Transitioning out of college into the real world, I have been given the chance to take on leadership roles, individualize my own experience by creating my own curriculum and along with my team create a long-term project.

These long-term projects I must say have been the most significant aspect of the program to me. My first year in the program, we hosted an HIV/AIDS art show. The second year we hosted a youth conference on healthy relationships. Both years the feedback we received from attendees was similar. They wanted to know this was going to continue-that this would become an annual event.

Sustainability of a team’s long-term project who only serves one year is not necessarily feasible. On the other hand, it is feasible that we have made a path towards understanding of how an abstract concept can come into existence, that may be duplicated by others.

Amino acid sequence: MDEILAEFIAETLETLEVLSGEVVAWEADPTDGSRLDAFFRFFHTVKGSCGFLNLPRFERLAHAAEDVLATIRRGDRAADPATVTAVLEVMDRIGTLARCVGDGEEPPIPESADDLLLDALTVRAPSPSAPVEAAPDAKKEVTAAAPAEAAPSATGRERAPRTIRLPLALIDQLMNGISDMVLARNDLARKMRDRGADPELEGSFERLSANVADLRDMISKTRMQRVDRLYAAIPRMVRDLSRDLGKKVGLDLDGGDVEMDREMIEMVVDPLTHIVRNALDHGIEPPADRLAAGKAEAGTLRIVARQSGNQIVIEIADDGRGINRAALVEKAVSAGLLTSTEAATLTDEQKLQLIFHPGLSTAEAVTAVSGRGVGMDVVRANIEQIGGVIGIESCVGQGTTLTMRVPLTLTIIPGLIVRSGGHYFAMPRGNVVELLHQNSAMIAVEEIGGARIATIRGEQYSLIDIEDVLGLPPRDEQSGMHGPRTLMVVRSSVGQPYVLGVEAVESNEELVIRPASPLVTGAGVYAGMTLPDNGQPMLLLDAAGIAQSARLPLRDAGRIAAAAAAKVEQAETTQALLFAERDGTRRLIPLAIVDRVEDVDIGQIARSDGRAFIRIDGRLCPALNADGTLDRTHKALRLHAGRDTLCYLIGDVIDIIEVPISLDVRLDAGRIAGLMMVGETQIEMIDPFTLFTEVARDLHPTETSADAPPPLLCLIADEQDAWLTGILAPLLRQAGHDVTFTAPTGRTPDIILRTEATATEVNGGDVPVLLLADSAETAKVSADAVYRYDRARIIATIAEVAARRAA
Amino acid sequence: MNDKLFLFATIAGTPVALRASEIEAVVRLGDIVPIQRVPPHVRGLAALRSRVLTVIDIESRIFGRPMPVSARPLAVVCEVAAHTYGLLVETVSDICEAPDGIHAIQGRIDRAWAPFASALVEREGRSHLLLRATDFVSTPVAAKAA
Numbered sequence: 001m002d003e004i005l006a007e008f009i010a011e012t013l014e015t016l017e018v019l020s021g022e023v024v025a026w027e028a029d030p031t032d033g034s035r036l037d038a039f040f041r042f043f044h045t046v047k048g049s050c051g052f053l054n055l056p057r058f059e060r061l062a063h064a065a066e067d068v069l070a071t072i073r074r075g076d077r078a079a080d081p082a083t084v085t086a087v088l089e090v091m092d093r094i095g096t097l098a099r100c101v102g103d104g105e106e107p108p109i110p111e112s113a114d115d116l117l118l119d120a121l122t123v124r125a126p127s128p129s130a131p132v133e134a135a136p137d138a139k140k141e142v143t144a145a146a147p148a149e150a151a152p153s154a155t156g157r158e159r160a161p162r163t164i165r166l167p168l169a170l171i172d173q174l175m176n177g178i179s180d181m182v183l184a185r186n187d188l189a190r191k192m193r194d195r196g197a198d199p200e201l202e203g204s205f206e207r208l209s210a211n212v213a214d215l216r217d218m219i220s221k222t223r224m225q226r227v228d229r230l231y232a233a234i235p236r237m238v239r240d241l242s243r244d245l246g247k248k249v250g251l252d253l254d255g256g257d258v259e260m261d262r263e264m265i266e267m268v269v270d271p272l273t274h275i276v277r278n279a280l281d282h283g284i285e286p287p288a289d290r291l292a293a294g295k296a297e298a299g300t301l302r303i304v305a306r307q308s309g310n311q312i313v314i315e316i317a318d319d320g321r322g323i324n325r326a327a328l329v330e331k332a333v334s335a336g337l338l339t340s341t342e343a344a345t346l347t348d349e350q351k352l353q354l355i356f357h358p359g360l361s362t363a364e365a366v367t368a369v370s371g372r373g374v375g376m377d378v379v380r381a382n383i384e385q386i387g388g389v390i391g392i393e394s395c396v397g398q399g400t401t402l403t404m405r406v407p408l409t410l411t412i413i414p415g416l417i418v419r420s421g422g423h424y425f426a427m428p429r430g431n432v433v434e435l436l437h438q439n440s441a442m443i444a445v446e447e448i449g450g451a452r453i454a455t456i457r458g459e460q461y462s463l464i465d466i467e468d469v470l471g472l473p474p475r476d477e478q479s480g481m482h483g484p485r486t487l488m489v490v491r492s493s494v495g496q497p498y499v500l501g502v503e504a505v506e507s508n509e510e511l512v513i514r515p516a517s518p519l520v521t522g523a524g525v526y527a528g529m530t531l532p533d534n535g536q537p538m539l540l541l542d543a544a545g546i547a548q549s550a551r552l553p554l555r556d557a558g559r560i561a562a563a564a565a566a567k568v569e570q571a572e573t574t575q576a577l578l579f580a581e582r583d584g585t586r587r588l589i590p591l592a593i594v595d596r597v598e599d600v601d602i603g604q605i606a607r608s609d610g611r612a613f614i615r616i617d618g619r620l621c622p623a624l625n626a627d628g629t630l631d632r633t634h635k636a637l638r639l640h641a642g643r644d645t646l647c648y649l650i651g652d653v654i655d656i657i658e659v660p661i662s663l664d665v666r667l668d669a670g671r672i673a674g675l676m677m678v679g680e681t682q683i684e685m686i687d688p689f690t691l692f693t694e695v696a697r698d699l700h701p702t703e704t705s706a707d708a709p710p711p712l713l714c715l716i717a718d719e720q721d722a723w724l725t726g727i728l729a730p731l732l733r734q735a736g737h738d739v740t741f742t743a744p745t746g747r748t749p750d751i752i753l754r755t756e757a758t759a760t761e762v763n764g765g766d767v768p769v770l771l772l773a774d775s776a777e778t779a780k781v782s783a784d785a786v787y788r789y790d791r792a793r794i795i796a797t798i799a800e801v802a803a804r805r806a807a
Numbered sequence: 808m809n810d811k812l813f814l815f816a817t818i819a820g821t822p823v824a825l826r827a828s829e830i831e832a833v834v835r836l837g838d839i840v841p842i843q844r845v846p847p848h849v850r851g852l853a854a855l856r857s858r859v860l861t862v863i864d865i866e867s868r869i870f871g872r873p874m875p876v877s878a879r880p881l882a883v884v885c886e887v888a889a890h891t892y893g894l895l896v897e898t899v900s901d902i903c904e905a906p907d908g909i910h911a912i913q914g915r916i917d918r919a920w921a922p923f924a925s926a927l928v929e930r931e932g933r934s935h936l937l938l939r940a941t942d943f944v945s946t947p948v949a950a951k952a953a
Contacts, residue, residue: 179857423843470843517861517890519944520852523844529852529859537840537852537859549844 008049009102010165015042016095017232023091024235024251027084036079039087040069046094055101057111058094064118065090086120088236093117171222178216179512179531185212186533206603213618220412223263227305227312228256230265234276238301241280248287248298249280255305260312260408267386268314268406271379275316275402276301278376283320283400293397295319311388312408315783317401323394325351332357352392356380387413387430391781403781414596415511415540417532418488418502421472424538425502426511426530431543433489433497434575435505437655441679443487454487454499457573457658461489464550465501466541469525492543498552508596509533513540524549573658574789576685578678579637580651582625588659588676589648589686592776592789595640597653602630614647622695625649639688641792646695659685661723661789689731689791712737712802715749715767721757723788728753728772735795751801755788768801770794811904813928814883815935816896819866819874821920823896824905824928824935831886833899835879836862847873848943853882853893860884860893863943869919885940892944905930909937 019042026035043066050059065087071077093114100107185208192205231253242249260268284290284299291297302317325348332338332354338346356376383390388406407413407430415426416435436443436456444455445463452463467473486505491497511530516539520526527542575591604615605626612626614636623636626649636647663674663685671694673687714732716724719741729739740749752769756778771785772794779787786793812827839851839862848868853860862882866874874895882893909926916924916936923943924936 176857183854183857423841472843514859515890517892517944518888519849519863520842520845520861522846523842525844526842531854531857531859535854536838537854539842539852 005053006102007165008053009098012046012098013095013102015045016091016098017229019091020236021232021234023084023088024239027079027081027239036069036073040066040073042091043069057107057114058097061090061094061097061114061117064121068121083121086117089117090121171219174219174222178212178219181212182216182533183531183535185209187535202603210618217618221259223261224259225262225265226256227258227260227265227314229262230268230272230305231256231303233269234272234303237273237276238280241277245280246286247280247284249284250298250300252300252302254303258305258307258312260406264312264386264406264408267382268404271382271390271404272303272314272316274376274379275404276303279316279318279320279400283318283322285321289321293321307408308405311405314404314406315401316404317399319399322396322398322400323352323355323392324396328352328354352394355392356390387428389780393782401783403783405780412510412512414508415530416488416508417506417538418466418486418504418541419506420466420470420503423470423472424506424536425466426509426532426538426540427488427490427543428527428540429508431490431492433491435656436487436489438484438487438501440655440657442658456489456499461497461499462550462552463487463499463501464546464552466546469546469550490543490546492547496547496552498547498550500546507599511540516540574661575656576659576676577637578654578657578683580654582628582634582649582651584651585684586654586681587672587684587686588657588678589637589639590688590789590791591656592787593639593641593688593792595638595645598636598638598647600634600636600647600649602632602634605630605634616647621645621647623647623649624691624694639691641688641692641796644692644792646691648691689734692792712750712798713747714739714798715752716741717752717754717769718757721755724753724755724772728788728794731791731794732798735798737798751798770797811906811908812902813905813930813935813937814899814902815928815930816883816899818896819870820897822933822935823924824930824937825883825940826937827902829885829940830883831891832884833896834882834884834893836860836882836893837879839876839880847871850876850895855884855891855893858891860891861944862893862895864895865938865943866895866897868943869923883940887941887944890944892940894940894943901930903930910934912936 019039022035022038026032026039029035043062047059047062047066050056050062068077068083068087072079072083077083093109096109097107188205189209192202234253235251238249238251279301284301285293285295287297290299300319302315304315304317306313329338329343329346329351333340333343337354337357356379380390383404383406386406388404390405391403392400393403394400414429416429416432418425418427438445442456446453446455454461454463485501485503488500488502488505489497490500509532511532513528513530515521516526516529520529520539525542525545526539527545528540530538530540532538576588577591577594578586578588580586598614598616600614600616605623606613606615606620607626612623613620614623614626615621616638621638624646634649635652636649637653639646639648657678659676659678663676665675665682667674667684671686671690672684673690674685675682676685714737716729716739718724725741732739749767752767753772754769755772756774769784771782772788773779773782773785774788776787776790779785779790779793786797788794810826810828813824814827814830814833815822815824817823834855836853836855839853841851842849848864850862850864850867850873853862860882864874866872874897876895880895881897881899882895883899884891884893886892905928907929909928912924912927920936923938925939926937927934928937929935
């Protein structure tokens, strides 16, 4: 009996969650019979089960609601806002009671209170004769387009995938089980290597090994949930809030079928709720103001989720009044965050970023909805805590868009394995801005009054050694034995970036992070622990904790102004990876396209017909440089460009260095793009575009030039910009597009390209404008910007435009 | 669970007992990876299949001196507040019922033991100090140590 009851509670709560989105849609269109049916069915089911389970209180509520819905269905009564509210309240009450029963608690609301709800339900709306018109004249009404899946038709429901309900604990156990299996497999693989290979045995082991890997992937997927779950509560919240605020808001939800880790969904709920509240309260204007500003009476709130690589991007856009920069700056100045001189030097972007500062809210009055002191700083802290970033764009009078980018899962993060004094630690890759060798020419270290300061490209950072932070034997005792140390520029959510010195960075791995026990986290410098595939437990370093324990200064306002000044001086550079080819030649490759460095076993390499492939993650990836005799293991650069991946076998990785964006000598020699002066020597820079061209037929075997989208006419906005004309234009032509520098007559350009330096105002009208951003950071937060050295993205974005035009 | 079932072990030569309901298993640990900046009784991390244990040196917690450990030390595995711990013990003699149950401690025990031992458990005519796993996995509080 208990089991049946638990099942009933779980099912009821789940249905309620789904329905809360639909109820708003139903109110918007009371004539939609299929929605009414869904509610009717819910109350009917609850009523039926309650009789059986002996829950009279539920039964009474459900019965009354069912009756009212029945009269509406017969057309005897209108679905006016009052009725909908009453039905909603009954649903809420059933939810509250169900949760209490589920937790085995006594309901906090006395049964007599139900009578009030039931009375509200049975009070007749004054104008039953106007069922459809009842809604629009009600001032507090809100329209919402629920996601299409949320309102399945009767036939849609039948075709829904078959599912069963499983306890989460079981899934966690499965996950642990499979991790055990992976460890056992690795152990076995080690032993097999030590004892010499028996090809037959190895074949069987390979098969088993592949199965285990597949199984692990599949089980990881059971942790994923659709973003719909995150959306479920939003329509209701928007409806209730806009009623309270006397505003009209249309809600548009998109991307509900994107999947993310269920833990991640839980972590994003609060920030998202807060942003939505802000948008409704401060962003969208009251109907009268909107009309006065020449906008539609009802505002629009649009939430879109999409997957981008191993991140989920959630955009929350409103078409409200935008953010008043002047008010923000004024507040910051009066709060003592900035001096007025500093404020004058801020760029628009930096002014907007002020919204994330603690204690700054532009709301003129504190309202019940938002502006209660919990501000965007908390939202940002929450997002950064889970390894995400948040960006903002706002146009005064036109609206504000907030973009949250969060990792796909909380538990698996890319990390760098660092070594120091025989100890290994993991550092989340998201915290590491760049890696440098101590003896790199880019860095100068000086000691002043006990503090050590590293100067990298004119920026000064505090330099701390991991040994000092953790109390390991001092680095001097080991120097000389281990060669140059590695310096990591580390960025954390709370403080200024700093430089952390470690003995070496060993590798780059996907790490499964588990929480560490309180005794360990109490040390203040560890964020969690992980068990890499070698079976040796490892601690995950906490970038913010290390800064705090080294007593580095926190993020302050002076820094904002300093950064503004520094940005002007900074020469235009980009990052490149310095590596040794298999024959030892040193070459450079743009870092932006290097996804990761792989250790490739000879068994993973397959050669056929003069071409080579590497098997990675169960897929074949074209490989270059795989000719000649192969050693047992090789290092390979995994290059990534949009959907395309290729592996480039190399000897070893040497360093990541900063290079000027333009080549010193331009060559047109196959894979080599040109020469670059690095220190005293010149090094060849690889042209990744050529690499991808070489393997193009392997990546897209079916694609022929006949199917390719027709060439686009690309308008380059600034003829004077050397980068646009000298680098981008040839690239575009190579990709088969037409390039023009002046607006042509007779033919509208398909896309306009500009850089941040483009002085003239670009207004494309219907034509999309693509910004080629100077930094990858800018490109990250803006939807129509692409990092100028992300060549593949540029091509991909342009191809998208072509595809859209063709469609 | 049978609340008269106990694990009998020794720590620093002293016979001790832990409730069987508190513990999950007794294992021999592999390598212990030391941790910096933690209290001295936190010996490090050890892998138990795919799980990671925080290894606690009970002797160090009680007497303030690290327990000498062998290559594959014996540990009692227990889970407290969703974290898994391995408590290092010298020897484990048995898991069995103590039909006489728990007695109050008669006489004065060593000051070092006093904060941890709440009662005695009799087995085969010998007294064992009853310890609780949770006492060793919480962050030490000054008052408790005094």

Each year, each team nationwide in our program puts together a long-term project, and although it is typically created as a onetime event the impact is still significant and speaks volumes to the desire for the community to have groups like ours in place to fill these gaps in the community. Perhaps the foundation of the impact these long-term projects have stem from the fact that most of our members are eager, energized, and ready to work. They have not had the opportunity to become jaded by the ins and outs of the work world, therefore bringing a fresh perspective to an idea that may have become typical and monotonous.